EDITOR’S NOTE: In recognition of the SBC’s October emphasis on the Cooperative Program, Baptist Press will provide readers with extra news and information detailing the scope and depth of the Cooperative Program and its impact for the Kingdom. Using vignettes and profiles of churches and individuals, as well as historical and ongoing accounts, our intent is to explain the Cooperative Program not just as a funding channel but as one of the critical ties that bind Southern Baptists in voluntary fellowship for cooperative ministries and missions.
NASHVILLE, Tenn. (BP)–From the arid climate of southeastern Washington state to tourist-favorite spots near the Gulf Coast, the following five churches have found missions is something that any church can support. Through the Cooperative Program, each effort is multiplied beyond what they could do on their own. In return, they found a new fervor for missions.
MISSION GIVING FUELED BY MISSION ACTION
Once named one of the top 100 “best small towns to live in,” the suburban town of Brewton, Ala., is a little piece of Americana. Just north of the Navy beach town of Pensacola, Fla., the town welcomes lots of travelers passing through, yet remains very stable in its population of around 10,000.
With 19.97 percent Cooperative Program giving, First Baptist Church’s mission action is as fervent as their giving. Their hands-on mission projects include a continuing commitment to a Reynosa, Mexico, orphanage.
“Our church has always had outstanding mission leaders who have kept missions before the people,” pastor Jack Fitts said. “But our mission trips, local and international, have fueled our Cooperative Program giving.”
Total members in 2008 Annual Church Profile, 1,567; baptisms, 20; primary worship service attendance, 405; undesignated receipts, $818,795; Cooperative Program, $163,520; CP percent, 19.97; total missions expenditures, $271,289.
BIG HEART FOR MISSIONS
If cowboy boots, horses and lush gas royalties come to mind when you think “Texan,” then Central Baptist Church of Carthage fits the bill. But the small-town church in the green Piney Woods of East Texas has a heart for missions that is as big as Texas itself.
“Many of our people grew up poor,” pastor Steve Jackson said. “Though our church has been blessed financially, our people kept their spirit of humility, giving and not hoarding their blessings. The Kingdom is richer and we are richer as a church because of it.”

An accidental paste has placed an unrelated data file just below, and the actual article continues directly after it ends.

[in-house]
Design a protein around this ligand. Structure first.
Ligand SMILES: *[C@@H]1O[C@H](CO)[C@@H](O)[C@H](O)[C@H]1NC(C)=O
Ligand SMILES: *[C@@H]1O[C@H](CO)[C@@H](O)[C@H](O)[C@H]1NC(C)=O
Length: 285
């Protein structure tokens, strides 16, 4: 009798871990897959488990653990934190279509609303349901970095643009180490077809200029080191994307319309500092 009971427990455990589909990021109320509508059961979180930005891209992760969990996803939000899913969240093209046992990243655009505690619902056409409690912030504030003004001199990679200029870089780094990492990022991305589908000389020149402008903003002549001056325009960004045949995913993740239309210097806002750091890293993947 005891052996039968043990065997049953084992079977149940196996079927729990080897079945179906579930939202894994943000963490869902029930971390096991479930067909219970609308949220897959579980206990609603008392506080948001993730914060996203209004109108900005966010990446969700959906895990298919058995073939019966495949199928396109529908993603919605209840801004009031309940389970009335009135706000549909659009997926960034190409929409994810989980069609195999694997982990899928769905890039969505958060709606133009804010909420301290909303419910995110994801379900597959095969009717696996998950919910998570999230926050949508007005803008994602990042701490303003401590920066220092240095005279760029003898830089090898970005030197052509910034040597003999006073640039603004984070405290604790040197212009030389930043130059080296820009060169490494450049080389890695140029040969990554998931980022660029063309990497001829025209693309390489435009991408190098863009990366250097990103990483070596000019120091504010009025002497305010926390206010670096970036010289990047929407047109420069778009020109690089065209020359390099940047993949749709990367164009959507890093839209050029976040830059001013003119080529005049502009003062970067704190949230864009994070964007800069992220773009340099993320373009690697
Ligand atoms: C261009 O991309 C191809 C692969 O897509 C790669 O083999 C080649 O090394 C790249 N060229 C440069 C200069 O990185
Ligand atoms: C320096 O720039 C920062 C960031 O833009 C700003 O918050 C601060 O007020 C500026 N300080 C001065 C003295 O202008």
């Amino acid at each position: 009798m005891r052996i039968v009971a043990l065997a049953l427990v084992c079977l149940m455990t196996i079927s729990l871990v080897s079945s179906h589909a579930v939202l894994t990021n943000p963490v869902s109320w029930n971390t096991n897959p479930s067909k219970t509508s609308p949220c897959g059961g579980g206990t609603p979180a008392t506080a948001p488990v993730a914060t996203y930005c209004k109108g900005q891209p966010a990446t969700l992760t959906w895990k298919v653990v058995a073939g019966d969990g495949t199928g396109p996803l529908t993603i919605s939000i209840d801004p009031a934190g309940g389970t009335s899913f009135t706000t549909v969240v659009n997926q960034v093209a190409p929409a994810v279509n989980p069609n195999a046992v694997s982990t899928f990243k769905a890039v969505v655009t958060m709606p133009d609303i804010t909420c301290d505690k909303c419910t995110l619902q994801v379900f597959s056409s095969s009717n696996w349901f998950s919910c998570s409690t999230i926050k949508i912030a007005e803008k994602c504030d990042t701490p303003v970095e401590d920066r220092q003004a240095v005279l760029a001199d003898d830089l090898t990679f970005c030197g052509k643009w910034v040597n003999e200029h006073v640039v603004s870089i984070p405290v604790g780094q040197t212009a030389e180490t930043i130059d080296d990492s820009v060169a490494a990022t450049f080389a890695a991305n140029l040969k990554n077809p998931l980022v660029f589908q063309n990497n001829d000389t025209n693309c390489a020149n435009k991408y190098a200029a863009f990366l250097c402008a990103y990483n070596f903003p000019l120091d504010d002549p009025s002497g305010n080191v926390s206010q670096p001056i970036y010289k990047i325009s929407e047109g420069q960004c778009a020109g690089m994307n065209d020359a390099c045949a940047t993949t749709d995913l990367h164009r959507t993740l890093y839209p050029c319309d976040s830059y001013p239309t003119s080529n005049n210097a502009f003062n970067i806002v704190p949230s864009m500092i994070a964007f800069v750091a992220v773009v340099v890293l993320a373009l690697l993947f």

According to its 2008 ACP, Central Baptist gave 18.96 percent of undesignated receipts to the Cooperative Program; total members, 1,220; baptisms, 6; primary worship attendance, 260; undesignated receipts, $932,938; Cooperative Program, $176,929; total mission expenditures, $225,458.
DOING WHAT CAN’T BE DONE ALONE
Michael Adams — only the fourth pastor in the 100-year history of First Baptist Church in Lexington, Tenn. — credits the church’s strong Woman’s Missionary Union and the church’s “extreme stability” as the force behind its members’ commitment to missions.
The church in the county seat town of 7,500 made a commitment several years ago to increase their giving to the Cooperative Program yearly. Today, 20.20 percent of their undesignated receipts is earmarked for CP.
“We support the Cooperative Program because it gives Southern Baptist churches of all sizes an opportunity to join resources to accomplish what individual churches couldn’t do alone,” Adams said.
Its 2008 ACP reported the church’s membership at 1,785; baptisms, 30; average worship attendance, 700; undesignated receipts, $1,062,704; CP giving, $214,705; total missions expenditures, $249,723.
UNDERGIRDING CHRISTIAN EDUCATION
The tri-cities area of southeastern Washington often lays claim to having the highest number of Ph.D.s per capita in the nation. Many of the scientists who work in the region’s research industry are part of the growing congregation at Richland Baptist Church. Nestled in the desert between the Cascade and the Blue Mountain ranges, the church tripled in baptisms last year.
“The Cooperative Program supports Christian education and our seminaries,” pastor Stanley Hughes said. “It is a very effective way to support missions and we are confident in how the money is being spent.”
The church’s average worship attendance is 446 with a total membership of 1,359, according to the 2008 ACP. Other information included: baptisms, 8; undesignated receipts, $1,046,125; Cooperative Program, $172,660 (CP percent, 16.5); total missions expenditures, $288,895.
EXPANDING UPWARD AND OUTWARD
The little church that dates back nearly to Civil War days in a town of only 6,500 isn’t afraid of numbers. As the median-income congregation of First Baptist Church in Winona, Miss., upped its Cooperative Program giving to 29 percent, the radius for their mission action steadily moved outward, expanding as far as Ecuador and Thailand.
The church’s plan for missions, in addition to international mission trips, includes regular ministry at two state correctional facilities and an outreach program in a neighboring state.
“The heartbeat of those who directed this church, those who moved us to give to the Cooperative Program, is the realization that collectively we can do so much more than we can do alone,” pastor Phillip Dancy said.
According to the 2008 ACP, the church’s total membership was 924; baptisms, 3; primary worship service attendance, 325; undesignated receipts, $609,915; Cooperative Program, $176,869; total missions expenditures, $213,932.
Marilyn Stewart is a writer based in New Orleans.